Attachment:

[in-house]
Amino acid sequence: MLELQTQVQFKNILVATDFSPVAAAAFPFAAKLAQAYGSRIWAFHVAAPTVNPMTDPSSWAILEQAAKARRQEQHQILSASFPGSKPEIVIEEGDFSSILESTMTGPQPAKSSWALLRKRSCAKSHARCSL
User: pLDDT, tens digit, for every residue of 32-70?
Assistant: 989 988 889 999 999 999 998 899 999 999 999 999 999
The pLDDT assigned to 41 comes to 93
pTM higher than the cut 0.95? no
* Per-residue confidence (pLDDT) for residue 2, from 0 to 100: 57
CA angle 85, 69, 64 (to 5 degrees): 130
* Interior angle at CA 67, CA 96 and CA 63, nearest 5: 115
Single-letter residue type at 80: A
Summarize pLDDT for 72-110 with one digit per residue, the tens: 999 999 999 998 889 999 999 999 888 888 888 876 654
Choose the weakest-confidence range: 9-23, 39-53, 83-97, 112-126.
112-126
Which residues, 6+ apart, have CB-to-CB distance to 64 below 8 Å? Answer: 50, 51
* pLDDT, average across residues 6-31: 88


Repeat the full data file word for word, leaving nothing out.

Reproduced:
[in-house]
Amino acid sequence: MLELQTQVQFKNILVATDFSPVAAAAFPFAAKLAQAYGSRIWAFHVAAPTVNPMTDPSSWAILEQAAKARRQEQHQILSASFPGSKPEIVIEEGDFSSILESTMTGPQPAKSSWALLRKRSCAKSHARCSL
User: pLDDT, tens digit, for every residue of 32-70?
Assistant: 989 988 889 999 999 999 998 899 999 999 999 999 999
The pLDDT assigned to 41 comes to 93
pTM higher than the cut 0.95? no
* Per-residue confidence (pLDDT) for residue 2, from 0 to 100: 57
CA angle 85, 69, 64 (to 5 degrees): 130
* Interior angle at CA 67, CA 96 and CA 63, nearest 5: 115
Single-letter residue type at 80: A
Summarize pLDDT for 72-110 with one digit per residue, the tens: 999 999 999 998 889 999 999 999 888 888 888 876 654
Choose the weakest-confidence range: 9-23, 39-53, 83-97, 112-126.
112-126
Which residues, 6+ apart, have CB-to-CB distance to 64 below 8 Å? Answer: 50, 51
* pLDDT, average across residues 6-31: 88